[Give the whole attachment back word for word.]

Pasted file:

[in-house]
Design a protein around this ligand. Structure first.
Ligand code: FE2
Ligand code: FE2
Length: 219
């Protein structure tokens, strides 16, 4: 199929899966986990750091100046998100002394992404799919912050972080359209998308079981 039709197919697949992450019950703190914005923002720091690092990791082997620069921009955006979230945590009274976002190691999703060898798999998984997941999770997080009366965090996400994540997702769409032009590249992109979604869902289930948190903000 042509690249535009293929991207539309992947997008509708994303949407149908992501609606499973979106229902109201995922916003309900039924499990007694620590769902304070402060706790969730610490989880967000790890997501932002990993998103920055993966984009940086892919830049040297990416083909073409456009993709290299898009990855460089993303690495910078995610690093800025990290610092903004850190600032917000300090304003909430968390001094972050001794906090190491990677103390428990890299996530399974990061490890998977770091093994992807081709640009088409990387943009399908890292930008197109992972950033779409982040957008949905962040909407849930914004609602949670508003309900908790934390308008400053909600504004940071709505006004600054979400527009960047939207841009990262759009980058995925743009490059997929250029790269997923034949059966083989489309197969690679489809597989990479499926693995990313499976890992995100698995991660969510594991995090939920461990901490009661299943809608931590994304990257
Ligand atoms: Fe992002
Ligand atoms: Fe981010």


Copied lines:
[in-house]
Design a protein around this ligand. Structure first.
Ligand code: FE2
Ligand code: FE2
Length: 219
């Protein structure tokens, strides 16, 4: 199929899966986990750091100046998100002394992404799919912050972080359209998308079981 039709197919697949992450019950703190914005923002720091690092990791082997620069921009955006979230945590009274976002190691999703060898798999998984997941999770997080009366965090996400994540997702769409032009590249992109979604869902289930948190903000 042509690249535009293929991207539309992947997008509708994303949407149908992501609606499973979106229902109201995922916003309900039924499990007694620590769902304070402060706790969730610490989880967000790890997501932002990993998103920055993966984009940086892919830049040297990416083909073409456009993709290299898009990855460089993303690495910078995610690093800025990290610092903004850190600032917000300090304003909430968390001094972050001794906090190491990677103390428990890299996530399974990061490890998977770091093994992807081709640009088409990387943009399908890292930008197109992972950033779409982040957008949905962040909407849930914004609602949670508003309900908790934390308008400053909600504004940071709505006004600054979400527009960047939207841009990262759009980058995925743009490059997929250029790269997923034949059966083989489309197969690679489809597989990479499926693995990313499976890992995100698995991660969510594991995090939920461990901490009661299943809608931590994304990257
Ligand atoms: Fe992002
Ligand atoms: Fe981010």